A Canadian couple get divorced. The judge shares the material assets between the man and woman. The couple have a frozen embryo in a fertility clinic which was produced from sperm and eggs purchased for $11,500 in the United States. This is the last of four embryos created in 2012 by IVF. The first embryo had already been implanted – the couple’s son was born in 2012. The other two embryos were not viable.
The woman believes that the embryo belongs to her since the contract with the clinic contains a clause stipulating that the woman’s wishes would always be respected. At the age of 48, she therefore turned to the courts for legal recognition as owner of the embryo. As for the man, he believes that the purchased item should be returned to him, as he personally paid for the treatment. He wants to donate the embryo which has no genetic link to him or his ex-wife.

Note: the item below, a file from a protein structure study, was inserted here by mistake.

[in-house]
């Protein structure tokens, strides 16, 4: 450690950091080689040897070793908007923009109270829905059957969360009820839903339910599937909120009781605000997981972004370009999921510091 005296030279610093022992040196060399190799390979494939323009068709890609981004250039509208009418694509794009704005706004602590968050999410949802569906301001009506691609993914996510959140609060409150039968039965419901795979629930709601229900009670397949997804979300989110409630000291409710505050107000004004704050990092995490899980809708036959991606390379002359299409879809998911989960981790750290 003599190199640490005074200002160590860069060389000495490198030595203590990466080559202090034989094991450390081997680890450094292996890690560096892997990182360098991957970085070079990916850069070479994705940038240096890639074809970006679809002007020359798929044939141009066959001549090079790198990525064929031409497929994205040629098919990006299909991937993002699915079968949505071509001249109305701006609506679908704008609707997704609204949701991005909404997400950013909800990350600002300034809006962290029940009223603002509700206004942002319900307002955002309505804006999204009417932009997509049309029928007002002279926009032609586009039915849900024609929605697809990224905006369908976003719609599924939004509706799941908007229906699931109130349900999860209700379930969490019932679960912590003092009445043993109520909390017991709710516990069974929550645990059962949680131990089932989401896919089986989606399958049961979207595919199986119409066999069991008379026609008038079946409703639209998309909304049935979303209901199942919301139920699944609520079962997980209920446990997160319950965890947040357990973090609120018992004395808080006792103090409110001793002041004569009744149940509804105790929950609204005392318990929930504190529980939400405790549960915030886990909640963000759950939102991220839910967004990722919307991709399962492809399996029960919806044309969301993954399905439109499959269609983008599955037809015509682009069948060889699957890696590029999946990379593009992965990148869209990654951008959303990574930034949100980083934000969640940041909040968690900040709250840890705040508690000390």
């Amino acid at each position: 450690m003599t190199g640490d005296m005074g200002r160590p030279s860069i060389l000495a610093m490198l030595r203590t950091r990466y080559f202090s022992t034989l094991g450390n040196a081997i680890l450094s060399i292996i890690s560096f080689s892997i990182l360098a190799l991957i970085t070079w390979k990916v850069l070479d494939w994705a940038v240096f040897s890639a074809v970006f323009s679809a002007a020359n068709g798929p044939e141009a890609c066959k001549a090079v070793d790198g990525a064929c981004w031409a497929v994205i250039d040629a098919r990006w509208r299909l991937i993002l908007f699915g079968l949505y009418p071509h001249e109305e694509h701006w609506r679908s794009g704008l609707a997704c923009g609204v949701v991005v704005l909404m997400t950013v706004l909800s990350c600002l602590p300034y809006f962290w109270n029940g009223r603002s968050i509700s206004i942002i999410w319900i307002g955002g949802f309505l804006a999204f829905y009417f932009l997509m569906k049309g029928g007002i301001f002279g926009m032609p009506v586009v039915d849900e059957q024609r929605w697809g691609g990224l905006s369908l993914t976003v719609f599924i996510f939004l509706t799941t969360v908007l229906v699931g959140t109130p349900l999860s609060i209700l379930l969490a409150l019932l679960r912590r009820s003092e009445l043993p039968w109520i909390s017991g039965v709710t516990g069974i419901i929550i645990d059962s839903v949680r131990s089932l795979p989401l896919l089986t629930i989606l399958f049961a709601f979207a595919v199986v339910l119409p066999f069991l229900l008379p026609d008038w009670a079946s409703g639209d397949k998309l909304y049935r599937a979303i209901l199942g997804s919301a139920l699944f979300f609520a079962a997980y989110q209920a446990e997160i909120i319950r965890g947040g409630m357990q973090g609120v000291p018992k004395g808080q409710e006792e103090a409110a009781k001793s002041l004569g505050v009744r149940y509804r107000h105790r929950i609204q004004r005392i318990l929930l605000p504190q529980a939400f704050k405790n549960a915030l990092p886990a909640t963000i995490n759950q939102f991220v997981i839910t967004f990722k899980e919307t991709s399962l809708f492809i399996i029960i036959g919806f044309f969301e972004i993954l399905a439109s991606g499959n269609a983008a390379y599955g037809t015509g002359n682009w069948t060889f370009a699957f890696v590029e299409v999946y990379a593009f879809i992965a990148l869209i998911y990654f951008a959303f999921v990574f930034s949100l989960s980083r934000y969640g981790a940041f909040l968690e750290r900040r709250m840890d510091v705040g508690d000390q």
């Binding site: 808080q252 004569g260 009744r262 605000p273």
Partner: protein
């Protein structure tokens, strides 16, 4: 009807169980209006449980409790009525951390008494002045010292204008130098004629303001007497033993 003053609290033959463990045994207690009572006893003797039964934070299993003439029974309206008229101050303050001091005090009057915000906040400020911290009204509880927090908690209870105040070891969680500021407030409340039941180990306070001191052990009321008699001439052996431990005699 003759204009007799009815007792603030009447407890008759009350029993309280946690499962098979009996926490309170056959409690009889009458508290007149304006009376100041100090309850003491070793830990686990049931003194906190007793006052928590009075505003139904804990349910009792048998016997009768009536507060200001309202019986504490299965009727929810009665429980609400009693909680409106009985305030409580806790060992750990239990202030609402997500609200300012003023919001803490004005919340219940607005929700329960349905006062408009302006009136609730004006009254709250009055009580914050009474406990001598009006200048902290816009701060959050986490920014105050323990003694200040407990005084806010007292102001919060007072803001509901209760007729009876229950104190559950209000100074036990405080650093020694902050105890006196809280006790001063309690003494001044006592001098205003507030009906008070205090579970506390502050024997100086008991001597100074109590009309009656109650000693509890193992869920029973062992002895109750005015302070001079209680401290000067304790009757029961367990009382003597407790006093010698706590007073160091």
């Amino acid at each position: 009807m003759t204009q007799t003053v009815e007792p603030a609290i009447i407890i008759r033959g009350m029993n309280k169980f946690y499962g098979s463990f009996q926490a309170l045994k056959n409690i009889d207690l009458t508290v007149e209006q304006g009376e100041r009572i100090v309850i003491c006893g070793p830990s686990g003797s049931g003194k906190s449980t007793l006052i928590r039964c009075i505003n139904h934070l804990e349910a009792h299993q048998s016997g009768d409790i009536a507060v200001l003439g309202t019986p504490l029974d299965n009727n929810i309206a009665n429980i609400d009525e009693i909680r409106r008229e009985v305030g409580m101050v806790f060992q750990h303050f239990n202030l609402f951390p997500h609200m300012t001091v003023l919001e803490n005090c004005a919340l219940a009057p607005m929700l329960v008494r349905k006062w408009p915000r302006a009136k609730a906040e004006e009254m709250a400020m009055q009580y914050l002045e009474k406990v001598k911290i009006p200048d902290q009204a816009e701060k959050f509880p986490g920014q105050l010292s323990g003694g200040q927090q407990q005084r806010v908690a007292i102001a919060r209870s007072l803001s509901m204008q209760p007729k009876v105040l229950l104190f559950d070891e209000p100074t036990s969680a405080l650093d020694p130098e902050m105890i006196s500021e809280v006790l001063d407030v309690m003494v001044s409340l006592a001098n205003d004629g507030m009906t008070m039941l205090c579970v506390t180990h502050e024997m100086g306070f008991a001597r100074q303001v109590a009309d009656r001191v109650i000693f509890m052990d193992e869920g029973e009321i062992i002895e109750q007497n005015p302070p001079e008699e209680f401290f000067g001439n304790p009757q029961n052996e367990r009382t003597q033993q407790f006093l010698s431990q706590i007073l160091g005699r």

Judge Robert Del Frate of the Higher Ontario Court, at Sudbury, had to make a decision. Based on the principle that the embryo was purchased, by virtue of the contracts signed with both clinics (the one that supplied the gametes and the one that carried out the implantation), it is considered a material asset. He“believed that, in an ideal world, [the embryos] would have been shared between the man and the woman. However, since there was only one remaining embryo that could not be sold, the judge decided that it should be returned to the woman” whilst requesting damages to the tune of approximately $1,500 for the ex-husband, “which is half of the embryo purchase price”.